Trip to NARA

National Archives and Records Administration (NARA)

NARA’s records include:   original paper documents, microfilm, still pictures, motion pictures, and electronic media.

June 2014:  My husband, Gene, and I wanted to research the Campbell so we planned a trip to NARA, which is the best repository of Navy ship records, muster rolls, deck logs, photographs, and documentary films.  We got up before dawn to allow four hours driving from Hampton, VA to College Park, MD.  We had to be at NARA in time for the first pull of documents.   If we missed the 9 AM , the next one wasn’t until 1 PM.

We arrived @ 8:15 and were directed to place our things in a locker.  We could keep our cell phones, laptops, and flatbed scanner.  I applied for my research card and sat through an online orientation about the proper way to handle materials in the research rooms.


Although my photo expression says “I’m tired,” it was a very exciting day.

Honestly, I didn’t know whether our trip would be for naught if the Campbell’s deck logs had been lost.  Their presence in the research facility depended on an intricate chain of events. During the War, bags of mail, supplies, movie reels, and records were handed from ship to ship and sent back to Washington, DC.  The naval documents had to then reach the Bureau of Naval Personnel  each month.  Hopefully, no one stole them.  The current rules for handling documents came from people’s stealing or marking up original documents.

We filled out the request form at the research desk around 8:45  and waited.  It was excruciating.  When the NARA staff member wheeled in the cart full of documents I had high hopes my Campbell deck logs were there.

Voila, success.  It was hard to contain my enthusiasm. I spent half the day skimming over 2,600 deck log entries.  These gave a 24/7 account of where the ship went, what happened, and any problems they encountered.

Many of the crew were  18-21 years old, and the logs included disciplinary actions taken against them.  Infractions ranged from returning to the ship five minutes late to one sailor’s being drunk and using abusive language.

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It was an emotional experience holding the original pages my father had signed with his fountain pen.  I’d recognize his signature anywhere.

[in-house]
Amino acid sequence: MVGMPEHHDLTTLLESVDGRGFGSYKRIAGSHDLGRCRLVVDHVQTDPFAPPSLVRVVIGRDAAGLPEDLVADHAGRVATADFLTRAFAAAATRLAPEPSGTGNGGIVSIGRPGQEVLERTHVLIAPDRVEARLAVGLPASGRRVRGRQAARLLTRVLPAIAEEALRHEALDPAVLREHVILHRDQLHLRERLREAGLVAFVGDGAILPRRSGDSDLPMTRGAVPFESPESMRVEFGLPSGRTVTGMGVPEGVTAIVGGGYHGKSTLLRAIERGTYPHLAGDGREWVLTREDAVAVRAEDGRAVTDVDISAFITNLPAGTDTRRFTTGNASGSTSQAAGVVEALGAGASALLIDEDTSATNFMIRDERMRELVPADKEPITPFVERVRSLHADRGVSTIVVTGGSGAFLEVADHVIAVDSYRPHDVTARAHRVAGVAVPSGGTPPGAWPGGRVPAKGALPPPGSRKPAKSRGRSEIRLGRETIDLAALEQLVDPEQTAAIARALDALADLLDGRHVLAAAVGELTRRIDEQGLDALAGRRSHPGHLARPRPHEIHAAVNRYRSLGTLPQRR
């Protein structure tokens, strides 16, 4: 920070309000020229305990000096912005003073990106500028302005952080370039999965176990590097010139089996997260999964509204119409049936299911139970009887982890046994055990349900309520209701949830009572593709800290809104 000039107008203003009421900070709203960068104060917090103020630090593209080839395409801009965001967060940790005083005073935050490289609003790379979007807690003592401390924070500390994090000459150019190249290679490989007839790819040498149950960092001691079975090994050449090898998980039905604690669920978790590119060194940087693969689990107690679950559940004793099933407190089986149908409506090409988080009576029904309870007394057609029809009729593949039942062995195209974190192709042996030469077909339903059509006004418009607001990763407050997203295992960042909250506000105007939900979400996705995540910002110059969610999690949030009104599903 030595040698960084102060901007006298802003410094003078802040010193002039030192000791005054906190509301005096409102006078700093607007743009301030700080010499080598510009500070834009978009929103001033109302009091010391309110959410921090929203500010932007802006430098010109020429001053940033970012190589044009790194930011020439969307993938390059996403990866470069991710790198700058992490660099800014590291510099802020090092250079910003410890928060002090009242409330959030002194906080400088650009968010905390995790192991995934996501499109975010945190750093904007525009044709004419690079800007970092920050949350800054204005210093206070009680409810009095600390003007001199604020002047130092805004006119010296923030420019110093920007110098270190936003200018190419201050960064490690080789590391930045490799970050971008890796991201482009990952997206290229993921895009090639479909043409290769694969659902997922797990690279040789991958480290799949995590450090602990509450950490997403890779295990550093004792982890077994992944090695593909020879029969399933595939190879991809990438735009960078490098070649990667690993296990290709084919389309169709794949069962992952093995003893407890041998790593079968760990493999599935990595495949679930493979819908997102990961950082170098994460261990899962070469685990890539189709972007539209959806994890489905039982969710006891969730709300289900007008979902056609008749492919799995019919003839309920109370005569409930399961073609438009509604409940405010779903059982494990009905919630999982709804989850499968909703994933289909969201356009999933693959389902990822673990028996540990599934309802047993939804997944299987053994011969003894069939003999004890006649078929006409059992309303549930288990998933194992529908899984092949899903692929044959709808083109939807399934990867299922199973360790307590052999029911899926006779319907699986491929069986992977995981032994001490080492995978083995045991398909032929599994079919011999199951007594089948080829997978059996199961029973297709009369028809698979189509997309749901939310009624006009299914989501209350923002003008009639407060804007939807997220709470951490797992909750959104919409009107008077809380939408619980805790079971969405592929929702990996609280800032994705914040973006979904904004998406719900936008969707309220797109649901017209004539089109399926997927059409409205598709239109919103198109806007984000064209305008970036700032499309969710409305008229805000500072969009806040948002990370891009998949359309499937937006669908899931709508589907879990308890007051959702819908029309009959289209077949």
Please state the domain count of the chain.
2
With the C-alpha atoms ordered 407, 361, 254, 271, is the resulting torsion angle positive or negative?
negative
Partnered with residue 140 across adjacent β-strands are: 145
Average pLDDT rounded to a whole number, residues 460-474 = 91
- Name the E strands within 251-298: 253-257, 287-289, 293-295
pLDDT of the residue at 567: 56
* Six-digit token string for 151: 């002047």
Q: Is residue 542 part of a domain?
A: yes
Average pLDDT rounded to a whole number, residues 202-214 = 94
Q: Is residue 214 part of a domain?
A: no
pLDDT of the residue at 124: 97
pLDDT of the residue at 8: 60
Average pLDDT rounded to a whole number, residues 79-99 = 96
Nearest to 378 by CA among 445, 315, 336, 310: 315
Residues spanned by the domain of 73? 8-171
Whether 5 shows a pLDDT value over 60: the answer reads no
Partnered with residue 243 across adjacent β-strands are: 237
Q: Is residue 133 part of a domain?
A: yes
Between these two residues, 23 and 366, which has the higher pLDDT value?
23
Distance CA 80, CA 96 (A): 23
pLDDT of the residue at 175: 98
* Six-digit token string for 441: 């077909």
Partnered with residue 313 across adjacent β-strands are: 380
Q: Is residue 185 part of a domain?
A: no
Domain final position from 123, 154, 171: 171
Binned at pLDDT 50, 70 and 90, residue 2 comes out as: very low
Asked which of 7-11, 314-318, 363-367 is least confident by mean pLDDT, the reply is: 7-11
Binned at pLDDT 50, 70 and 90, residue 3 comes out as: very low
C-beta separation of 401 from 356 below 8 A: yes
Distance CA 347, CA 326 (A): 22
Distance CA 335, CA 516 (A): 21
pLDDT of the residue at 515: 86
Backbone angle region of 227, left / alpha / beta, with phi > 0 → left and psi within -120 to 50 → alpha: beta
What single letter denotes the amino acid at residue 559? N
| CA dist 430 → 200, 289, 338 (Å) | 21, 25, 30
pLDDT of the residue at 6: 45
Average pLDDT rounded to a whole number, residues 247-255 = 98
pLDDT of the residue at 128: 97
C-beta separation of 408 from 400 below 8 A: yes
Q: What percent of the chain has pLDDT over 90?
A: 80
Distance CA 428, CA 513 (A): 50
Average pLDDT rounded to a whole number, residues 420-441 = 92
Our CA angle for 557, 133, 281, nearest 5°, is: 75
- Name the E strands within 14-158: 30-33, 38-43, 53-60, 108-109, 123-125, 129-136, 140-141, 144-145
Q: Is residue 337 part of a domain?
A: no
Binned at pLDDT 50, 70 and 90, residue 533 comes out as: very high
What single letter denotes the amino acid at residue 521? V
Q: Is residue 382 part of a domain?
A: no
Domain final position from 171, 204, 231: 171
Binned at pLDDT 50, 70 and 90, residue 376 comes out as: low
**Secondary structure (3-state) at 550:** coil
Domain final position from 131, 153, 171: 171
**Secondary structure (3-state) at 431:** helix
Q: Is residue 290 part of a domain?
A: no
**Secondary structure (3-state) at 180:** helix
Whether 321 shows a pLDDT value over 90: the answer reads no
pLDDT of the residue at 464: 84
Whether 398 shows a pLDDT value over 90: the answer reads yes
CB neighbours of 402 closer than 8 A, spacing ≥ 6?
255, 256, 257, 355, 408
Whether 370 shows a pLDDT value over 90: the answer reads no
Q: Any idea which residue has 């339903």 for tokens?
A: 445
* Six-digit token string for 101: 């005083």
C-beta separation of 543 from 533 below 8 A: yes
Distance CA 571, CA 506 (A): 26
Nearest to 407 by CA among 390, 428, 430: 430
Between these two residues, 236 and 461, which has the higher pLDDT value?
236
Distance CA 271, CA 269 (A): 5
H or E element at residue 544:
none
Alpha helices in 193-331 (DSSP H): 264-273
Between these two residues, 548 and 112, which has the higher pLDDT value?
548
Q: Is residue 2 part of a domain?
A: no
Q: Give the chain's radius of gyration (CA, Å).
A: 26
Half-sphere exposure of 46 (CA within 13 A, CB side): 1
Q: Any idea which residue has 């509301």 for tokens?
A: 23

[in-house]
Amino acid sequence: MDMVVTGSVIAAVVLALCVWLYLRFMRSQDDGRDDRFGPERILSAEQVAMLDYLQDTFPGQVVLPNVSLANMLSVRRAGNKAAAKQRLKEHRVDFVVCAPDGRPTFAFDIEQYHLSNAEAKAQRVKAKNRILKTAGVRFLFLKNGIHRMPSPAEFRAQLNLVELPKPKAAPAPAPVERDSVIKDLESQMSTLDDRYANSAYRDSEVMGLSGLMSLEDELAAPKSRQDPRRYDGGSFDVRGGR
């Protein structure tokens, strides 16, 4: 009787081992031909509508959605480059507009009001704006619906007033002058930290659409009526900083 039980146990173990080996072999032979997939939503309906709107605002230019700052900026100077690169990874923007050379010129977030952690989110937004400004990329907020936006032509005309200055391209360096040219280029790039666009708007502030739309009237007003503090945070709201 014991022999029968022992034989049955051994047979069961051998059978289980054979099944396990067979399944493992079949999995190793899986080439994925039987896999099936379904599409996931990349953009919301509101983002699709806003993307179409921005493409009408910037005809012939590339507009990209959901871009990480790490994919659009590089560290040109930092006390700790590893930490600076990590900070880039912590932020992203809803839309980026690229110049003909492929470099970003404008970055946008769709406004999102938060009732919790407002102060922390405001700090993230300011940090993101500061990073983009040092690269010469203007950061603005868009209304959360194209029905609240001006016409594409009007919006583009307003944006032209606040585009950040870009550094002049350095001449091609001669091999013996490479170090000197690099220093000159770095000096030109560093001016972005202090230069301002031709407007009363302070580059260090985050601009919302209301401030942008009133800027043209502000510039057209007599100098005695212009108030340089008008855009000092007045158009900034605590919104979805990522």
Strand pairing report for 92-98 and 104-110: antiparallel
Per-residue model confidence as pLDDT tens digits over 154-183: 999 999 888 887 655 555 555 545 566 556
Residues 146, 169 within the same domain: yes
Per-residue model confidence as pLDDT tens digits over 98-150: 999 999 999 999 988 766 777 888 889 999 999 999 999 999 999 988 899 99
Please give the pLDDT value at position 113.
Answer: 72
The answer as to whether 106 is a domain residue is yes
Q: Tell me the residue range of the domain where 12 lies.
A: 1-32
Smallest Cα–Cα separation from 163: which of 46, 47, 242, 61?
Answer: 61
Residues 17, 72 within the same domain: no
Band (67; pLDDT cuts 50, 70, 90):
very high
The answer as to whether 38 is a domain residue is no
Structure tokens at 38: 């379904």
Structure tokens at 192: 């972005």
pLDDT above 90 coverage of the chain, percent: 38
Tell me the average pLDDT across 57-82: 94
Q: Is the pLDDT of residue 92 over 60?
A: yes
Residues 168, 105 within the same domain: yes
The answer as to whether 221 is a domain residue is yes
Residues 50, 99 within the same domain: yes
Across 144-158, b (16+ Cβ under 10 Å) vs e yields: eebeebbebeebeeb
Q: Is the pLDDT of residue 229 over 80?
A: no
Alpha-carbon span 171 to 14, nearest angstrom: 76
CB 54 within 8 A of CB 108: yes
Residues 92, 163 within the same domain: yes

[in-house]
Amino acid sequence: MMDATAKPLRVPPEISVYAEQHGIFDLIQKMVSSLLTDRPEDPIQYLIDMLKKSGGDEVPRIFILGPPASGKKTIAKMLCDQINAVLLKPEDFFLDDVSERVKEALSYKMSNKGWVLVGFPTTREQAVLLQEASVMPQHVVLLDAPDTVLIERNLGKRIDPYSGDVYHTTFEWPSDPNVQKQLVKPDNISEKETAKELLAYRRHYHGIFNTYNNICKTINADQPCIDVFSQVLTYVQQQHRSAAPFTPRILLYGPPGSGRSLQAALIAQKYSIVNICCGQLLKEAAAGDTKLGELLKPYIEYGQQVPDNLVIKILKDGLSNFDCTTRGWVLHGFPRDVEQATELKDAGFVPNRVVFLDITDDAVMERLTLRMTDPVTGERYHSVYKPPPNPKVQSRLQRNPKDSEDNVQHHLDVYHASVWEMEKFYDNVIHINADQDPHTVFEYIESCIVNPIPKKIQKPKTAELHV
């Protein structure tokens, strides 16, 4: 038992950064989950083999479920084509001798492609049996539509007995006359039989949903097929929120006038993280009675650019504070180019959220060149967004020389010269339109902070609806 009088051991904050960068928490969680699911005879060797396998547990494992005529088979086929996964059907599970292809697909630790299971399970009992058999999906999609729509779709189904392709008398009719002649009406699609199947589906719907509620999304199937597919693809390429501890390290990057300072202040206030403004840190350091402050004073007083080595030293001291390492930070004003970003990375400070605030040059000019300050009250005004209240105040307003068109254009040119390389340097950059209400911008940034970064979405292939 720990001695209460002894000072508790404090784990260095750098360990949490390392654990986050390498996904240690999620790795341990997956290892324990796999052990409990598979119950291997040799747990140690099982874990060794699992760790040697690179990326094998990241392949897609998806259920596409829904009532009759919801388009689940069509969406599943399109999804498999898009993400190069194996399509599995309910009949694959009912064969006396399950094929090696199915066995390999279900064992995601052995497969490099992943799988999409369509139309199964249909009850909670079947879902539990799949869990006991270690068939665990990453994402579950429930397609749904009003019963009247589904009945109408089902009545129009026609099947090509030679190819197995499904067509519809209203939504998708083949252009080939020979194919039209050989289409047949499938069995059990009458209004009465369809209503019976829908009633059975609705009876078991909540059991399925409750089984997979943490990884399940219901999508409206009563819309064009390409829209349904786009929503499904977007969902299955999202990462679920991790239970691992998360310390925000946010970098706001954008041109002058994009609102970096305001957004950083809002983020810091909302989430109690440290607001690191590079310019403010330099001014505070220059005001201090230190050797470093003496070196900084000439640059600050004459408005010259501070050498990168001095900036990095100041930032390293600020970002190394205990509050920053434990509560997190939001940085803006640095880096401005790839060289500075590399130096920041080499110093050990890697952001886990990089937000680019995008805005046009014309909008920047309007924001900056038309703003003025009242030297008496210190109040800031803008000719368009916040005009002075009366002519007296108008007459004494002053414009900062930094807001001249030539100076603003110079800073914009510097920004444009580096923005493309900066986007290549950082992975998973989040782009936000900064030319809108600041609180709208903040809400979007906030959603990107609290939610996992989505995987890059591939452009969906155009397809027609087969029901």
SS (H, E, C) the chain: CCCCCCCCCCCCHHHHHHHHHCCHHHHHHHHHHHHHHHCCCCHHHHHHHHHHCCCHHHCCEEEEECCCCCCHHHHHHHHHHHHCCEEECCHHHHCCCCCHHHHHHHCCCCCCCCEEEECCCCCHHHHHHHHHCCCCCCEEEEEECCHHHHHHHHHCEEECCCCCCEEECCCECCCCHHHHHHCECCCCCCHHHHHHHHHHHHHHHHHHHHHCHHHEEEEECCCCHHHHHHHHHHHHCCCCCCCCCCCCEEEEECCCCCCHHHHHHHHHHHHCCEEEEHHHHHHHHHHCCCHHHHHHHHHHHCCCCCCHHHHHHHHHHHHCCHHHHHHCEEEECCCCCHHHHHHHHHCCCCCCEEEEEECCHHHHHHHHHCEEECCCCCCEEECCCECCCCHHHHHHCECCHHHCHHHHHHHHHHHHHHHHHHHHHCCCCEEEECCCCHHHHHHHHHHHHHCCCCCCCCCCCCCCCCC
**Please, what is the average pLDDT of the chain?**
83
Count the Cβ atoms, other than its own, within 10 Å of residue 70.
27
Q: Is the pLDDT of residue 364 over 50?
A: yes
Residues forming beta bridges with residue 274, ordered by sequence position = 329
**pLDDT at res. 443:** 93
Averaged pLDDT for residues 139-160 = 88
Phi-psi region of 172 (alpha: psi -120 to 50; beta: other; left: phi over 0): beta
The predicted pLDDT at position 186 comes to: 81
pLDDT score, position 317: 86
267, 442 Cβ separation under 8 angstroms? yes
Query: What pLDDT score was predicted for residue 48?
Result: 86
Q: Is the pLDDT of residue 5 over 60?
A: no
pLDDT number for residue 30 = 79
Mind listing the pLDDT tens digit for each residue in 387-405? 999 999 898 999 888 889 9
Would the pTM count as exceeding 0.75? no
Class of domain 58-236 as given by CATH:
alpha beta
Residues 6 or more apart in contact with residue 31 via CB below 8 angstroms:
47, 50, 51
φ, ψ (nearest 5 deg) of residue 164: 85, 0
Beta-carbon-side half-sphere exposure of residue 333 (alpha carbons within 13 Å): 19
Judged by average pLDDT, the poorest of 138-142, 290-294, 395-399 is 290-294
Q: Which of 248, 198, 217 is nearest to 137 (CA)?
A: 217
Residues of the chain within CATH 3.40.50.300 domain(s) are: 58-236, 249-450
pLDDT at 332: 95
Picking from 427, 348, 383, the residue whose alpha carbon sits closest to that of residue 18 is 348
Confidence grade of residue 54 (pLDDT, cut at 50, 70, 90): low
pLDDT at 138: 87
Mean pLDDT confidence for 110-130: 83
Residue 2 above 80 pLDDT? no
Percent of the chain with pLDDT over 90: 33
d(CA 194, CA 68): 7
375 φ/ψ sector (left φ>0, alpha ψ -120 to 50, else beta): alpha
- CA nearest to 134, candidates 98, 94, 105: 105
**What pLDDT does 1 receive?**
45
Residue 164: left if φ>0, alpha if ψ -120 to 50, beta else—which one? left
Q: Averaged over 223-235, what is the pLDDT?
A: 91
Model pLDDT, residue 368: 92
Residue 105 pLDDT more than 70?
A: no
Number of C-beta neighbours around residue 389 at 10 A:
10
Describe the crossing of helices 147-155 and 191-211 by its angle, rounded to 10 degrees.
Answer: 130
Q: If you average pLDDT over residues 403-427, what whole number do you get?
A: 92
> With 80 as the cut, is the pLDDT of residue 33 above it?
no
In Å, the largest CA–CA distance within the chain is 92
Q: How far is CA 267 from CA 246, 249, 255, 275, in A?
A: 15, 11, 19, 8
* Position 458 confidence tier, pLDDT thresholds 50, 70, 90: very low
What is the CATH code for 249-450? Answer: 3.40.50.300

The pages were in good shape:   six entries per day, in four-hour blocks, typewritten by the yeoman.   The Campbell often had to travel in a zig zag pattern to avoid detection by the enemy.   I imagined how difficult it was to type accurately when the ship was rocking and rolling.

Each  entry was signed by the officer responsible for that watch period, and each day was  signed by the executive officer and captain.

The language of the deck logs was factual and under-stated.  Of note,  August 15, 1945, was one of the most momentous days in the WW II Pacific theater.  The Japanese surrendered on that day, and the log reported  “ceasing all offensive action against the Japanese Empire with instructions to take all wartime precautions for self defense.”  This directive had arrived via radio dispatch.

15 Aug 45

On a lighter note, my father was the movie officer, and I was curious what type of movies he showed. I wondered if the crew got to watch popular films like National Velvet with Elizabeth Taylor and Mickey Rooney or To Have and Have Not with Humphrey Bogart and Lauren Bacall. Several war dramas were released in 1944:  The Fighting Sullivans and Thirty Seconds Over Tokyo.  I was disappointed they didn’t report the names of films shown onboard.

Security was tight at NARA, and we were scrutinized each time we left one room and entered another.  While we tried to follow the rules to the letter, we managed to get into trouble twice.  Unwittingly,  I  removed two folders from the  case on my desk at the same time.  The staff were quick to remind me to only have one folder out lest I return the folder to the wrong place.  Another instance, I talked to Gene who was across the railing in a different section.  He was copying documents on the copy machine.  No talking was allowed over the fence.

NARA houses a large collection of naval photos on the top floor. We couldn’t touch them without wearing white cotton gloves supplied by the facility.  They had a few photos of the Campbell, but I had already seen them.

In our experience, the research staff were very friendly, knowledgeable, and professional.  They seemed relieved that I knew the names of my father’s  ships and their dates of services.  They could easily focus on the information I needed.

We need to plan another road trip to the NARA.  Tim Rizutto, Executive Director, at the USS Slater Museum recommended we search for “Campbell’s action reports.” They have detailed information about the awards my father’s ship received. I’d also like to look through the black and white film clips of ships in the South Pacific.  The documentaries are not very well indexed yet, but perhaps I can find some footage of my father’s ship.